Individual differences in social information gathering revealed through Bayesian hierarchical models.
As studies of the neural circuits underlying choice expand to include more complicated behaviors, analysis of behaviors elicited in laboratory paradigms has grown increasingly difficult. Social behaviors present a particular challenge, since inter- and intra-individual variation are expected to play key roles. However, due to limitations on data collection, studies must often choose between pooling data across all subjects or using individual subjects' data in isolation. Hierarchical models mediate between these two extremes by modeling individual subjects as drawn from a population distribution, allowing the population at large to serve as prior information about individuals' behavior. Here, we apply this method to data collected across multiple experimental sessions from a set of rhesus macaques performing a social information valuation task. We show that, while the values of social images vary markedly between individuals and between experimental sessions for the same individual, individuals also differentially value particular categories of social images. Furthermore, we demonstrate covariance between values for image categories within individuals and find evidence suggesting that magnitudes of stimulus values tend to diminish over time.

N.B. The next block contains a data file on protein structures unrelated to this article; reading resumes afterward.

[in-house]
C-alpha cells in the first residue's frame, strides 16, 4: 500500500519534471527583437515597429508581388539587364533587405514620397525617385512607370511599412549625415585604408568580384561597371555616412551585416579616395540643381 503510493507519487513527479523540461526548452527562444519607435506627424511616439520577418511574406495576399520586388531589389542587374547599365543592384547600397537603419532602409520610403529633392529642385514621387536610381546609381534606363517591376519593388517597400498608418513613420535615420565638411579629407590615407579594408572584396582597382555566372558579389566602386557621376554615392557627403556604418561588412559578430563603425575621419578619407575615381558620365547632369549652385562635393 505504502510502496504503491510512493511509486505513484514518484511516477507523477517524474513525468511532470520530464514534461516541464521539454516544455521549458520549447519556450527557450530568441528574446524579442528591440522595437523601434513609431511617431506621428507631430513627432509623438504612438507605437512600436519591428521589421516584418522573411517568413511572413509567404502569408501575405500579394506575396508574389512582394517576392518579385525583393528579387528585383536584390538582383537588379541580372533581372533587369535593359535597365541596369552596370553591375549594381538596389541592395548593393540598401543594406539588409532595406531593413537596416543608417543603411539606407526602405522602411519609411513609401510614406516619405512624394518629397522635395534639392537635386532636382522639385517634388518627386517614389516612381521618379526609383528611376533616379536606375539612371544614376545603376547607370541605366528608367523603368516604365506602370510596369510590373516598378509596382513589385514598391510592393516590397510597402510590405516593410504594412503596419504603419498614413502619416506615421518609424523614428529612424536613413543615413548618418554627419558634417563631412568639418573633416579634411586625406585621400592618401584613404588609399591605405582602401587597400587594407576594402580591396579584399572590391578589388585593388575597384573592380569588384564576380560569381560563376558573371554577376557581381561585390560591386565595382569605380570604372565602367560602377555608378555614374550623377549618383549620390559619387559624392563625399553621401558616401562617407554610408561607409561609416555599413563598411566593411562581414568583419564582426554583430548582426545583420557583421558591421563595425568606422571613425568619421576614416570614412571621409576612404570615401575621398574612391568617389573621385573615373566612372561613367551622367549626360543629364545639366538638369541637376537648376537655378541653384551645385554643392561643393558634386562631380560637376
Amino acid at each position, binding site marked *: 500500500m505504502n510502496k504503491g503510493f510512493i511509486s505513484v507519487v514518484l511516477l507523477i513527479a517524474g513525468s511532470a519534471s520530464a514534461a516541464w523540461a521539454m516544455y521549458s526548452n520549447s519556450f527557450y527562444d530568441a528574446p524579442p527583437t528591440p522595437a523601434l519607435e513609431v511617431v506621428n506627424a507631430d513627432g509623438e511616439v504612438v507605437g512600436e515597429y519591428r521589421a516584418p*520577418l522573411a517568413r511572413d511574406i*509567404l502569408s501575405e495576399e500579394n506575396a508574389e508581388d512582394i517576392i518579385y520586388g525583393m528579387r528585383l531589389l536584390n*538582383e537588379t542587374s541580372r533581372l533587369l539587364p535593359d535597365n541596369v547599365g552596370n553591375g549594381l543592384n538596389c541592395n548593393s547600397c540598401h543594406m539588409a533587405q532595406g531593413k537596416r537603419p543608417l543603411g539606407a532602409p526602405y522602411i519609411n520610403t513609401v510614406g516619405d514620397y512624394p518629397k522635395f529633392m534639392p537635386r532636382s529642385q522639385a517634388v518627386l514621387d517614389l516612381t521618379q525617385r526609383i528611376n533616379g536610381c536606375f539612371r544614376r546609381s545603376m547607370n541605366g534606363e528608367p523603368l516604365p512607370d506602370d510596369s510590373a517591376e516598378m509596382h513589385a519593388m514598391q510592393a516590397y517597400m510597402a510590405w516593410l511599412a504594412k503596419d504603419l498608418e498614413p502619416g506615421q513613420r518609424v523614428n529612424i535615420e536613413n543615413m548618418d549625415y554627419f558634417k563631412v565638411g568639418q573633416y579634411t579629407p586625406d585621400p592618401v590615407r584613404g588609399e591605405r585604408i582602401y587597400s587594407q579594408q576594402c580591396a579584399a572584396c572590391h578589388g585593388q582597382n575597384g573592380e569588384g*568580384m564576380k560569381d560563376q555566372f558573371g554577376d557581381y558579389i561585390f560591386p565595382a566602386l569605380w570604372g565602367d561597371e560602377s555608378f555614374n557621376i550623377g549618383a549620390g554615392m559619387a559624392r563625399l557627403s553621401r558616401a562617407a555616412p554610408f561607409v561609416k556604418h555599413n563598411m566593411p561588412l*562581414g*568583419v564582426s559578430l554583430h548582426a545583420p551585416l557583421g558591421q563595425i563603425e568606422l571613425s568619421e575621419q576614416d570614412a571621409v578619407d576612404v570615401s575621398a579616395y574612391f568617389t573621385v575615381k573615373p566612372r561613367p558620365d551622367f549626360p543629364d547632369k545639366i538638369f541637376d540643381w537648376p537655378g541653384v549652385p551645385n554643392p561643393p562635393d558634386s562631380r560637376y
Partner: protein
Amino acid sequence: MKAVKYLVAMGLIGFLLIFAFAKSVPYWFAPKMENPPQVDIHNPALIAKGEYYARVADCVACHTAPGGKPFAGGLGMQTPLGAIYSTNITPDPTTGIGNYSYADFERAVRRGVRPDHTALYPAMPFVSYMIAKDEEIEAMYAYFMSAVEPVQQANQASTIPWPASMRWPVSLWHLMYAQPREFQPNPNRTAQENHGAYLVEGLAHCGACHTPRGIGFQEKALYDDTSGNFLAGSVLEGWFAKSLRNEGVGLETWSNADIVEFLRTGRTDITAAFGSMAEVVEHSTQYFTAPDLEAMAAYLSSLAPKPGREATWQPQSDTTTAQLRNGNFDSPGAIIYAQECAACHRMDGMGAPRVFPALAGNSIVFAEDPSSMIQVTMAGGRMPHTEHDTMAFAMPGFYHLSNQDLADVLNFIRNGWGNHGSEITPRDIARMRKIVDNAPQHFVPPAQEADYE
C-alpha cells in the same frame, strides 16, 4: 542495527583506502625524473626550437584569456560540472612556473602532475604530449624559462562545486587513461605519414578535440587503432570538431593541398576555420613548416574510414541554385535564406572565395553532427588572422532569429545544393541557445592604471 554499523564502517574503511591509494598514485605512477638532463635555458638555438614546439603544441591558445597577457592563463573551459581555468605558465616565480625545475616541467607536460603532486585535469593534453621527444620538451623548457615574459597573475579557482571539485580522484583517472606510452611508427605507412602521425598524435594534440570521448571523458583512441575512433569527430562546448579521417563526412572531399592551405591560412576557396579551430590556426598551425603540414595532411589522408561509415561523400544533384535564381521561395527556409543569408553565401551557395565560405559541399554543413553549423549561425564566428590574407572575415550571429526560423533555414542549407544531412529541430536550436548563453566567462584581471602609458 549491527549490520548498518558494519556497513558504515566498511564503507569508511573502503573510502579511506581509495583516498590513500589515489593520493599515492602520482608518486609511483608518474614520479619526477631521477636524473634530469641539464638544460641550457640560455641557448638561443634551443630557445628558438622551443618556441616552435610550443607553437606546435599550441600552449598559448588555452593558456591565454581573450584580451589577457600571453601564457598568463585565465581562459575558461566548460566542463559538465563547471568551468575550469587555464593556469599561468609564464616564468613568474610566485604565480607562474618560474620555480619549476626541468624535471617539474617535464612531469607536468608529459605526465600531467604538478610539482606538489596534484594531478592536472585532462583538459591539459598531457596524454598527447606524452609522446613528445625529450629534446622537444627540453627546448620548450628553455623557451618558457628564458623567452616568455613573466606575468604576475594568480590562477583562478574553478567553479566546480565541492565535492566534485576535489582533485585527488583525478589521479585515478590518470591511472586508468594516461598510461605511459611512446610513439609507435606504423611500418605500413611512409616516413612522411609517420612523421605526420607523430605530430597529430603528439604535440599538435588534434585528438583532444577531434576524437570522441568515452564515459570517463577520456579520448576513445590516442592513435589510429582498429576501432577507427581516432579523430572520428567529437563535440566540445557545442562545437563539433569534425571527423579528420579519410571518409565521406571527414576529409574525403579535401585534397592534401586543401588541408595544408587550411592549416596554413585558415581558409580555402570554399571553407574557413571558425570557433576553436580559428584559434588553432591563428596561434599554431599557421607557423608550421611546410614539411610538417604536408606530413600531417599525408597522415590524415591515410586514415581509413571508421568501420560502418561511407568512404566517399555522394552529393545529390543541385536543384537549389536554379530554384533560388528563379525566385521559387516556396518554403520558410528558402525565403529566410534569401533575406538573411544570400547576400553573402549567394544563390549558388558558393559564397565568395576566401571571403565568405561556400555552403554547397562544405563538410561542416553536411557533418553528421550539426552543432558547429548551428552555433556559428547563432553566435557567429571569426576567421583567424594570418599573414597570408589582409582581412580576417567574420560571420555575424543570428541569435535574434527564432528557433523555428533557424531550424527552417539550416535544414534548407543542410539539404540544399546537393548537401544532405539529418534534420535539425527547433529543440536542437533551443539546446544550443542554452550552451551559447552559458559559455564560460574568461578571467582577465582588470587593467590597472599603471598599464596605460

Pearson, JM; Watson, KK; Klein, JT; Ebitz, RB; Platt, ML
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